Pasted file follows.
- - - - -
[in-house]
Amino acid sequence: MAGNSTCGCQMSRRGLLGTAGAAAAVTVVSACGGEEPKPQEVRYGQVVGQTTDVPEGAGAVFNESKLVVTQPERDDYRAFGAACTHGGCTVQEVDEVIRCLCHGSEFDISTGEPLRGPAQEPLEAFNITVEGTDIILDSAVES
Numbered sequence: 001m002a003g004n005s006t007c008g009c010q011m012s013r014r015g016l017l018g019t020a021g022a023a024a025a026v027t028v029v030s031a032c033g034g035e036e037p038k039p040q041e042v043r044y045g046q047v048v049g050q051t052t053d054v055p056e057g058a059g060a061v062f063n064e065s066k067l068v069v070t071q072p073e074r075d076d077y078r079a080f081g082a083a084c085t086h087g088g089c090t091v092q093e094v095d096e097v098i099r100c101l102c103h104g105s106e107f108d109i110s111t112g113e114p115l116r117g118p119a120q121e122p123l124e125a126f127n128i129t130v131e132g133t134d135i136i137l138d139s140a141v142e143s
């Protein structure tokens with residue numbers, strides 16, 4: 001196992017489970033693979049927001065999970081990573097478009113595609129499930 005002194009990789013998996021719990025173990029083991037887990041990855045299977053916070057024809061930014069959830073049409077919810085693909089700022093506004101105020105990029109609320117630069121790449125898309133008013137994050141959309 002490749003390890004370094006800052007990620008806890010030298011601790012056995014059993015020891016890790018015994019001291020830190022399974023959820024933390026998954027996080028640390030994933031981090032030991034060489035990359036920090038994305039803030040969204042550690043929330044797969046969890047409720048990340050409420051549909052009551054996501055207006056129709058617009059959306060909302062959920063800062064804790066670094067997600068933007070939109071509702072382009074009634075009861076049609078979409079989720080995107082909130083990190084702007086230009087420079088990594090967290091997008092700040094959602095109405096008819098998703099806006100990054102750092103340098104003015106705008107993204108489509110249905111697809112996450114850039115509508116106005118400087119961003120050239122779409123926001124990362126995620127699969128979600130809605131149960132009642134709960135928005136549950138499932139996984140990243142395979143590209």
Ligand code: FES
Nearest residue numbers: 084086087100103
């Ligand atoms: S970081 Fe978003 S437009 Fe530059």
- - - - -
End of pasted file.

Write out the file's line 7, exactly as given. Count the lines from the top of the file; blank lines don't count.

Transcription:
């Ligand atoms: S970081 Fe978003 S437009 Fe530059």